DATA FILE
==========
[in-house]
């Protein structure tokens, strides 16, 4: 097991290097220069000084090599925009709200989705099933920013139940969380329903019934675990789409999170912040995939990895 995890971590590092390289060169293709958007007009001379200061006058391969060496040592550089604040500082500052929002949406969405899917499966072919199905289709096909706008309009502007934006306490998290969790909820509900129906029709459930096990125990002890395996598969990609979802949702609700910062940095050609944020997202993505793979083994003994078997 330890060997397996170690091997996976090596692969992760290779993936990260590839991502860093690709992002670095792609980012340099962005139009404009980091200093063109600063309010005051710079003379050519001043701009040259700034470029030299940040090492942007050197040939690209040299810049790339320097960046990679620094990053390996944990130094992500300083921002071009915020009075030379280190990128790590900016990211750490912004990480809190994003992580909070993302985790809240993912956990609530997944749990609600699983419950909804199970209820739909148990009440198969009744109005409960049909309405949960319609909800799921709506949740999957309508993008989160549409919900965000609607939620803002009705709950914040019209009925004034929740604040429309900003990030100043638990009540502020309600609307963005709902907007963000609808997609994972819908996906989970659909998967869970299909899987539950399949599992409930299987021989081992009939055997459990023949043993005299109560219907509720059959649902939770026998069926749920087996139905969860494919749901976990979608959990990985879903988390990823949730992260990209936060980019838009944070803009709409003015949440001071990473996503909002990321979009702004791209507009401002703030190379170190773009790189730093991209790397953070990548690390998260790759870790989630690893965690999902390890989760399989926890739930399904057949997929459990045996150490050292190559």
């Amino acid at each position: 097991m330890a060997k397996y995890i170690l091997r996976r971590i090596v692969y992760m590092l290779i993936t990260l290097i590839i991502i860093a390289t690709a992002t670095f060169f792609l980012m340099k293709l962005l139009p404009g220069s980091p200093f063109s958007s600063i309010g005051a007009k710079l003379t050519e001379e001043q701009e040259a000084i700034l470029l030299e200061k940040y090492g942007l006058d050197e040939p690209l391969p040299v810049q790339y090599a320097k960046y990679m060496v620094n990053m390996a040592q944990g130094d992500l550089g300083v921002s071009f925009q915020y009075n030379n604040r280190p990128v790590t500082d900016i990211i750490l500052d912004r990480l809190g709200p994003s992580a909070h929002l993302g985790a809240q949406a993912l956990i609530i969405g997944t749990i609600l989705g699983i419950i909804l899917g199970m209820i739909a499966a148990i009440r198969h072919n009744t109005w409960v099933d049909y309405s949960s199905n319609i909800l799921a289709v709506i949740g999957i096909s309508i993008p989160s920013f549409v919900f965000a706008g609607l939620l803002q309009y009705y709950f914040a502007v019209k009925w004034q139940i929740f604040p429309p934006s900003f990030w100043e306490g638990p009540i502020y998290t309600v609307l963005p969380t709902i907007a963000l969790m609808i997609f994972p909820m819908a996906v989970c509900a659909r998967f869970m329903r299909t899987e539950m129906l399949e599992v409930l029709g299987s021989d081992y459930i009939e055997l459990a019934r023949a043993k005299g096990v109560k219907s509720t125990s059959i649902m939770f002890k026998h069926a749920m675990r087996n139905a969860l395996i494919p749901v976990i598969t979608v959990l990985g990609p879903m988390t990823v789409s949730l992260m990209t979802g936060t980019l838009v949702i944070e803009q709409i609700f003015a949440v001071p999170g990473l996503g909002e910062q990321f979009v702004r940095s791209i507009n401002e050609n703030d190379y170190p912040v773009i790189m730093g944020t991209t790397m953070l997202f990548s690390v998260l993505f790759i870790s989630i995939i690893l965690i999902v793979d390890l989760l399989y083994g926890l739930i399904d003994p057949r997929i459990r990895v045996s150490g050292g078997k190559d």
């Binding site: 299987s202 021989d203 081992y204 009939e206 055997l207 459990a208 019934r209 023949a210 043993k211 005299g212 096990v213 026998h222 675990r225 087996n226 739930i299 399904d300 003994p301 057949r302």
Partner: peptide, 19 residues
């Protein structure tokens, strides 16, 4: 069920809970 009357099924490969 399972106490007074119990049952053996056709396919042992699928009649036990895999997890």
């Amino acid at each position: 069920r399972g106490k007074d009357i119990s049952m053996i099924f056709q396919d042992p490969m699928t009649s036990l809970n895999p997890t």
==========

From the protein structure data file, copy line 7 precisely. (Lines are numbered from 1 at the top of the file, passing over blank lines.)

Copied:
């Amino acid at each position: 069920r399972g106490k007074d009357i119990s049952m053996i099924f056709q396919d042992p490969m699928t009649s036990l809970n895999p997890t």